service, it should be returned with a notation that the
named person has refused to accept it.
Arising from official duties. Whenever a service
member or civilian employee is served with federal or
state court civil or criminal process arising from ac-
tivities performed in the course of official duties, the
CO should be notified and provided copies of the
process and pleadings. After the pertinent facts are
learned, notify JAG (Code 14) immediately by tele-
phone and send the pleadings and process to the of-
A military member may remove civil or criminal
prosecutions from state to federal court when the
action is done under color of office or when authority
is claimed under a law of the United States respecting
the armed forces. The purpose of this action is to
assure a federal forum for cases when service mem-
bers must raise defense arising out of their official
If a federal employee is sued in his or her individ-
ual capacity, that employee may be represented by
Justice Department attorneys in state criminal pro-
ceedings and in civil and congressional proceedings.
When an employee believes he or she is entitled to
representation, a requesttogether with pleadings
and processmust be submitted to JAG via the indi-
viduals CO. The CO will endorse the request and
submit all pertinent data as to whether the employee
was acting within the scope of employment at the time
of the incident out of which the suit arose. If the
Justice Department determines that the employees
actions reasonably appear to have been performed
within the scope of employment and that repre-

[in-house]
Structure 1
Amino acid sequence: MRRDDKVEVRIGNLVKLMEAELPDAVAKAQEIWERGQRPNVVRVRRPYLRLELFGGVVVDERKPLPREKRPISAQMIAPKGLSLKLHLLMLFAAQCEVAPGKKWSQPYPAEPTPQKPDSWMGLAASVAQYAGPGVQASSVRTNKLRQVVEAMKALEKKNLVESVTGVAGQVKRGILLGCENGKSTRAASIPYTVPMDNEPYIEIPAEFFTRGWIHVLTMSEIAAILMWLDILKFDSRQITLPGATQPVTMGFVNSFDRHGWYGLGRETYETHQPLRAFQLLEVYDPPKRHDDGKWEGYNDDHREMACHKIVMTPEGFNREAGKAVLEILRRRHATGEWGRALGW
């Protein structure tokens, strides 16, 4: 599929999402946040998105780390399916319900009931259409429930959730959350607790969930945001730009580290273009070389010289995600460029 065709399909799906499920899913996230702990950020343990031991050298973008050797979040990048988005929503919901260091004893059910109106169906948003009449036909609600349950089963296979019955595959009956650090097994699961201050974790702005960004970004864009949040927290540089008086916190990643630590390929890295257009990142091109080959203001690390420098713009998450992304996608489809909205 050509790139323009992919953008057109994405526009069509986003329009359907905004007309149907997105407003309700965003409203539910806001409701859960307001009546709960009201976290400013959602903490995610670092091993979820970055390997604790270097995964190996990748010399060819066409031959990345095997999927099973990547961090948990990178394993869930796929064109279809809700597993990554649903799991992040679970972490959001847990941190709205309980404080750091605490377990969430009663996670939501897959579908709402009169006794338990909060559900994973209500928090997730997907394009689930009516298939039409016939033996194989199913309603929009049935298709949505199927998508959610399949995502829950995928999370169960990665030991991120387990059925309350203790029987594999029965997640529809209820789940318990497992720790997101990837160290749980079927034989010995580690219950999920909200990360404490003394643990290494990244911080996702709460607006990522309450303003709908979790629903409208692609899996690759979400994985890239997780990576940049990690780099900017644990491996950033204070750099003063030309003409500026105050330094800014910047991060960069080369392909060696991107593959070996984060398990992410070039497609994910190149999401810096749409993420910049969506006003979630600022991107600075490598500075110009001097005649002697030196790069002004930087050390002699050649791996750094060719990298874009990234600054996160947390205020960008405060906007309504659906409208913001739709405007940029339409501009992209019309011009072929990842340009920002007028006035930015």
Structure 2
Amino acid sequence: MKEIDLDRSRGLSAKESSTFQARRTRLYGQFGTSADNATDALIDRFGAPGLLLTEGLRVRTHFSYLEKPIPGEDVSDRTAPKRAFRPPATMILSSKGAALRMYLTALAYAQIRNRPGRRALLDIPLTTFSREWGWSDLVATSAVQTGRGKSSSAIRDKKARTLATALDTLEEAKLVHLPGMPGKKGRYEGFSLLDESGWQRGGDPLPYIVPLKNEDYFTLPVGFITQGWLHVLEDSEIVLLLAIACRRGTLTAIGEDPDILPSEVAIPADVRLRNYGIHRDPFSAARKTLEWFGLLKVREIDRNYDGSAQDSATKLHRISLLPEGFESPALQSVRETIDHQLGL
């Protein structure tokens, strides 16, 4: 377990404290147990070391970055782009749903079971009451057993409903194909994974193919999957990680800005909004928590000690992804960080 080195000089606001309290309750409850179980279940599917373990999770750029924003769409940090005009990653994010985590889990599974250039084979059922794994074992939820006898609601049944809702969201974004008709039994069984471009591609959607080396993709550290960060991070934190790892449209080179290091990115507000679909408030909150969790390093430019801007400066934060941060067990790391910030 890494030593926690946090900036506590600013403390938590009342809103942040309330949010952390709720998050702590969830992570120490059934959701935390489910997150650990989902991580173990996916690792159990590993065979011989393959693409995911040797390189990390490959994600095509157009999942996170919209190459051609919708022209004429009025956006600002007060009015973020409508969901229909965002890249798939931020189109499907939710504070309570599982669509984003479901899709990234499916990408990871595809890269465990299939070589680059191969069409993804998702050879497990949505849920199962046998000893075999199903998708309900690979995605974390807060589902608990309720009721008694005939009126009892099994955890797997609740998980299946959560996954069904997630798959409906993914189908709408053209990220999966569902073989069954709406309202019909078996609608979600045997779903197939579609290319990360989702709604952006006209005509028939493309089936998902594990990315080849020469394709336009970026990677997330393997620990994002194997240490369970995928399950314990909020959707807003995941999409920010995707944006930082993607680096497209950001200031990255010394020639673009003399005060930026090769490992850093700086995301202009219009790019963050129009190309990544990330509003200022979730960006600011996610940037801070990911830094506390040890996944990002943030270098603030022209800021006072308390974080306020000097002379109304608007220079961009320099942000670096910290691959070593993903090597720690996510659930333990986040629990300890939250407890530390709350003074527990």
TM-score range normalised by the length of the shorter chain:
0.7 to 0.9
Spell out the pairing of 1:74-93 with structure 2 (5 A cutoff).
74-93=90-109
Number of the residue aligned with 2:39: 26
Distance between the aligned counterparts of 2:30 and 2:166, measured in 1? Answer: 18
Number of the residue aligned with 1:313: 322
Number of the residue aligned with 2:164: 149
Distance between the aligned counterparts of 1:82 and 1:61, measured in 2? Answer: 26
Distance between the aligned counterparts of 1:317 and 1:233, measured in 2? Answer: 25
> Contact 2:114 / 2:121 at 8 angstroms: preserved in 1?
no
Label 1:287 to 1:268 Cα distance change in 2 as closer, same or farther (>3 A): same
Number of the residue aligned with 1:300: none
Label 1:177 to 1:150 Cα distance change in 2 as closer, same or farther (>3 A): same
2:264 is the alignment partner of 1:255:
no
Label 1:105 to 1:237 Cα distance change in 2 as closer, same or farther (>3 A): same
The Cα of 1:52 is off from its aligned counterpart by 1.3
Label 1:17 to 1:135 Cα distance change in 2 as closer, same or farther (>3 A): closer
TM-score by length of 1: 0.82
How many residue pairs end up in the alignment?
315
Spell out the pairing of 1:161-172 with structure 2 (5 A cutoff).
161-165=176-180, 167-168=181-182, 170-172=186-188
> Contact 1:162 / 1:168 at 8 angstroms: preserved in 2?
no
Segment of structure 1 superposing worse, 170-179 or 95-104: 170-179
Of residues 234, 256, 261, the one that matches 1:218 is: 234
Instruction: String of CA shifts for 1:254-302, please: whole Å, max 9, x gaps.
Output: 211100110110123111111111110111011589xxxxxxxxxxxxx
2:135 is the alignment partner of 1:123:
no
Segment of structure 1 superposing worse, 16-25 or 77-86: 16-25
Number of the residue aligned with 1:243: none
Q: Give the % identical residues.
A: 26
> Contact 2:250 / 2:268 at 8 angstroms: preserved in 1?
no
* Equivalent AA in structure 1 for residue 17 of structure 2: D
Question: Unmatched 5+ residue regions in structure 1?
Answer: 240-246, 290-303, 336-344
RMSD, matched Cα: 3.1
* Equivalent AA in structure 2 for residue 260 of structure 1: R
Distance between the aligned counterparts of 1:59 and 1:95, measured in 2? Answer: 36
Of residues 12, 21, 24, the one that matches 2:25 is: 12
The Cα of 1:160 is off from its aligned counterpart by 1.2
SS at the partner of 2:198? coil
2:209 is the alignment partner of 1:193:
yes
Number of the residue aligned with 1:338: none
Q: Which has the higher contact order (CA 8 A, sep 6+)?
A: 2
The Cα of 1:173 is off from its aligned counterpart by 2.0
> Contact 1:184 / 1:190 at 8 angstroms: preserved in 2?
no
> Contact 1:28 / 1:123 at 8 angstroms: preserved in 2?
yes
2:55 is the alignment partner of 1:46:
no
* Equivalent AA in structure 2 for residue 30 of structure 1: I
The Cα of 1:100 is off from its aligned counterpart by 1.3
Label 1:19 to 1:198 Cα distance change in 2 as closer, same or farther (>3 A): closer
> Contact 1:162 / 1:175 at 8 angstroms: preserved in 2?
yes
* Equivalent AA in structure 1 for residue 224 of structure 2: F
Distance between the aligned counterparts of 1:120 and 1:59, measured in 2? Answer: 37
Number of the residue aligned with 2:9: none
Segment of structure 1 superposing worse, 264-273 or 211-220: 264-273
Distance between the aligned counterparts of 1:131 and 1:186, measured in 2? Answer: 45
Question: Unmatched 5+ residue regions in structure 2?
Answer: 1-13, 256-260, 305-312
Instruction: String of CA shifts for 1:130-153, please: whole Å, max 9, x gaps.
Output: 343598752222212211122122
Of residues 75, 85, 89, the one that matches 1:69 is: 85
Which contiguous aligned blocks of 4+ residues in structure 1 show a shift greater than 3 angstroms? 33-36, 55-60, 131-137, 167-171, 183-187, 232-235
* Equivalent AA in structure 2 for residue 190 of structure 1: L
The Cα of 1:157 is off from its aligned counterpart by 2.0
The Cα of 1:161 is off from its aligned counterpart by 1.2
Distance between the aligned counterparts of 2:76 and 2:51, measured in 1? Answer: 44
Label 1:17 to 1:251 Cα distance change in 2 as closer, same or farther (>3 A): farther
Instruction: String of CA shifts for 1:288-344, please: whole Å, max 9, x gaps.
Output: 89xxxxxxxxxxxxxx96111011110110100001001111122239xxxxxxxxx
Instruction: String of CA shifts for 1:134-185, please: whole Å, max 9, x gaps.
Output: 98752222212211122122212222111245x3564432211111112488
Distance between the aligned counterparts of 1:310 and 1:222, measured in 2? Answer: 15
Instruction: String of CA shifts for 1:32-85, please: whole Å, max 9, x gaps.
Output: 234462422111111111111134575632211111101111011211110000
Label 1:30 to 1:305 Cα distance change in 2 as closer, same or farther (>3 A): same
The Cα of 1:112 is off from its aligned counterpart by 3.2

sentation is in the interest of the United States, repre-
sentation will be provided.
Service Not Allowed
In any case where the CO refuses to allow service
or process, a report is made to SECNAV (JAG) as
expeditiously as the circumstances allow or warrant.
In those cases where personnel either are served
with process or voluntarily accept service of process,
leave or liberty should be granted to comply with the
process, unless it will prejudice the best interests of
the naval service.
A subpoena is a court order requiring a person to
testify in either a civil or criminal case as a witness.
The same considerations exist in this instance as ap-
ply in the case of service of process, except for special
rules where testimony is required on behalf of the
United States in criminal and civil actions, or where
the witness is a prisoner.
Witness on Behalf of the Federal Government
Where DON interests are involved and depart-
mental personnel are required to testify for the Navy,
the Chief of Naval Personnel or Commandant, Marine
Corps directs the witness activity to issue TAD or-
ders. Costs of such orders are borne by that same
command. If DON interests are not involved, the
Navy is reimbursed by the concerned federal agency.
Witness on Behalf of Accused in Federal Court
When naval personnel are served with a subpoena
and the appropriate fees and mileage are tendered,
issue no-cost permissive orders unless the public in-
terest would be seriously prejudiced by the members
absence from the command.
Witness on Behalf of Party to Civil Action
State Criminal Action With No Federal
The CO normally grants leave or liberty to the
person, provided such absence will not prejudice the
best interests of the naval service. If the member is
being called as a witness for a nongovernmental party
only because of performance of official duties, the CO
is authorized to issue the member permissive orders at
no expense to the government.
Witness Is a Prisoner
Criminal cases. SECNAV (JAG) must be con-
tacted for permission that normally will be granted.
Failure to produce the prisoner as a witness may result
in a court order requiring such production.
Civil action. The member cannot be released to
appear regardless of whether it is a federal or state
court making the request. A deposition may be taken
at the place of confinement subject to reasonable con-
ditions and limitations imposed by the prisoners